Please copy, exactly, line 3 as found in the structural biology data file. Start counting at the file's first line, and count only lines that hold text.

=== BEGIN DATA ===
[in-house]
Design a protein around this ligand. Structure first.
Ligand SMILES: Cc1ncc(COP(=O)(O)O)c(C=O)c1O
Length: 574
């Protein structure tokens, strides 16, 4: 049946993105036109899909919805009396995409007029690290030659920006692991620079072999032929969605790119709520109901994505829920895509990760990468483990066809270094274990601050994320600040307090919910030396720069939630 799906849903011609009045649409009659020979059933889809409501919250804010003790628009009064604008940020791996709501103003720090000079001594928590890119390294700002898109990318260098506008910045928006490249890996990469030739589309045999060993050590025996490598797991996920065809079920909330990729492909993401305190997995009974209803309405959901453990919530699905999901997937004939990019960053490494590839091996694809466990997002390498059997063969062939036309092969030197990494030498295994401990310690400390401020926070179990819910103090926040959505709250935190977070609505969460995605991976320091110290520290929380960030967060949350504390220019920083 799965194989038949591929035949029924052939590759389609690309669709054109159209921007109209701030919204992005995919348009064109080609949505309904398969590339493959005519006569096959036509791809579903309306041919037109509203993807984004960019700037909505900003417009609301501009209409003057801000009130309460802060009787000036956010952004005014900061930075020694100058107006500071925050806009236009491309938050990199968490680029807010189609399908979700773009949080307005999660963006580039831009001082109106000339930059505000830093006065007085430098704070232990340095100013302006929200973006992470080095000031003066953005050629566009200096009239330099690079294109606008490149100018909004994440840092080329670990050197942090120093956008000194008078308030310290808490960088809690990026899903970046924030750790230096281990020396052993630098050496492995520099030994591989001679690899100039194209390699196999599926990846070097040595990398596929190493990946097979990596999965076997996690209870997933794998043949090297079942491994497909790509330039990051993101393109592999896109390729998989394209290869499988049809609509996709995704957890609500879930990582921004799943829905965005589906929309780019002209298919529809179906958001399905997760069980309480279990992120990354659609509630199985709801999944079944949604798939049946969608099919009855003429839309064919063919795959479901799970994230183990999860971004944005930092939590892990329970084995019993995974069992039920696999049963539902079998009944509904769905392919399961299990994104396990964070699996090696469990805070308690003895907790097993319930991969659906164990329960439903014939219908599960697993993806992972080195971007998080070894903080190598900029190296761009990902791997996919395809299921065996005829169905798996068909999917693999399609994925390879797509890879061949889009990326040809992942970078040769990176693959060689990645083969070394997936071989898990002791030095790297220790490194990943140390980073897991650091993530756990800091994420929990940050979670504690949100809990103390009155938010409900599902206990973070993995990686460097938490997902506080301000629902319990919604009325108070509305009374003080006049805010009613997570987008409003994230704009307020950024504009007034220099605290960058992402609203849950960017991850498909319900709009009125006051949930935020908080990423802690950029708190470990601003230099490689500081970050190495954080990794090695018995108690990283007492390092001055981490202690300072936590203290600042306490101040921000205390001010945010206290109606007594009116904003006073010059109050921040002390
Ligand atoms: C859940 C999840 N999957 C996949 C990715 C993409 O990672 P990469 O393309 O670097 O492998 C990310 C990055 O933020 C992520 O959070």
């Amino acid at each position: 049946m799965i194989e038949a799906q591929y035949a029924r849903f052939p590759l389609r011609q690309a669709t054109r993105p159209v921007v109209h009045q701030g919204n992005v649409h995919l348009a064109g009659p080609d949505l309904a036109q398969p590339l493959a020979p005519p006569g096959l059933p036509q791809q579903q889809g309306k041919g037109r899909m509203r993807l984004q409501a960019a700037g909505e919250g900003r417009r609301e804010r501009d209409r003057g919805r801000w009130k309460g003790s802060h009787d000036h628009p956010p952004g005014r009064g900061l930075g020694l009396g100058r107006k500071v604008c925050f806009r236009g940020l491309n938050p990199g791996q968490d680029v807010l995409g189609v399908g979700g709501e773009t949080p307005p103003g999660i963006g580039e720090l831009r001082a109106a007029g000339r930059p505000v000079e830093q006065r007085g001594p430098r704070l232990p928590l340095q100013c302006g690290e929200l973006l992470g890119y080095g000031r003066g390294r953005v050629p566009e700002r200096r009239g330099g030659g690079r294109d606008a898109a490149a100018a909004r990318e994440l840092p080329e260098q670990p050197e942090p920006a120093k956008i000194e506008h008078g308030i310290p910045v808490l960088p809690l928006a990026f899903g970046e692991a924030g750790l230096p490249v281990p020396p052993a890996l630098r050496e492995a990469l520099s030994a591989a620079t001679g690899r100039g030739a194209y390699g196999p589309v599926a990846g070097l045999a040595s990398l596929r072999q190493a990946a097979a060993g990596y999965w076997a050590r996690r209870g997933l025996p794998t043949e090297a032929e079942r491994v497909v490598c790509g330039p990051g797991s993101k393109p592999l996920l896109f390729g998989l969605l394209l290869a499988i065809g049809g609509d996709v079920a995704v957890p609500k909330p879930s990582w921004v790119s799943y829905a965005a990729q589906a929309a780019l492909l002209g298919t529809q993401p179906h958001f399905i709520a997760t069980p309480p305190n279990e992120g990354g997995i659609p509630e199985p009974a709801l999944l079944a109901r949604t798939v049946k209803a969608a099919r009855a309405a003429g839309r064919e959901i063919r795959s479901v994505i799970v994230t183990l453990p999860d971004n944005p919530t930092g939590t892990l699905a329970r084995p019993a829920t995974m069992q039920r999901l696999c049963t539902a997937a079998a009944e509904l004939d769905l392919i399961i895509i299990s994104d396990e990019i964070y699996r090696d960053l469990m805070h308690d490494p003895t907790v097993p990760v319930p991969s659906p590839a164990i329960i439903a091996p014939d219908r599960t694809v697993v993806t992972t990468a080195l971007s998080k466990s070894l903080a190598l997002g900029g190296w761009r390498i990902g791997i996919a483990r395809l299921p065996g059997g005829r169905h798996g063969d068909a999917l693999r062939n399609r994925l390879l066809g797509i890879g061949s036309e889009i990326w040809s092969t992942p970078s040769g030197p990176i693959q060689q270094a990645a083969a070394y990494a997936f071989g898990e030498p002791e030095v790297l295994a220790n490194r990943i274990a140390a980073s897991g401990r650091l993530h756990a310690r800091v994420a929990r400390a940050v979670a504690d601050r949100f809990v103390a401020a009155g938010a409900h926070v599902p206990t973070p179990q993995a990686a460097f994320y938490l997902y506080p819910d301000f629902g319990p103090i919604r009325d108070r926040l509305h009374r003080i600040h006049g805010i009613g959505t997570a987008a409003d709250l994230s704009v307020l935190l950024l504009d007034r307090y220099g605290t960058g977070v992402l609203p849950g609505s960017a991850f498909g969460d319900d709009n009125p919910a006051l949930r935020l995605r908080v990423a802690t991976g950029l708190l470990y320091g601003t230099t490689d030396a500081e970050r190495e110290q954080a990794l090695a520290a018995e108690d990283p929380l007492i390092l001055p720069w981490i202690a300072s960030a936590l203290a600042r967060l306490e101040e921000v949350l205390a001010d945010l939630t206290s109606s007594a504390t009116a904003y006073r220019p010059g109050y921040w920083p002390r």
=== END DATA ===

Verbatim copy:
Ligand SMILES: Cc1ncc(COP(=O)(O)O)c(C=O)c1O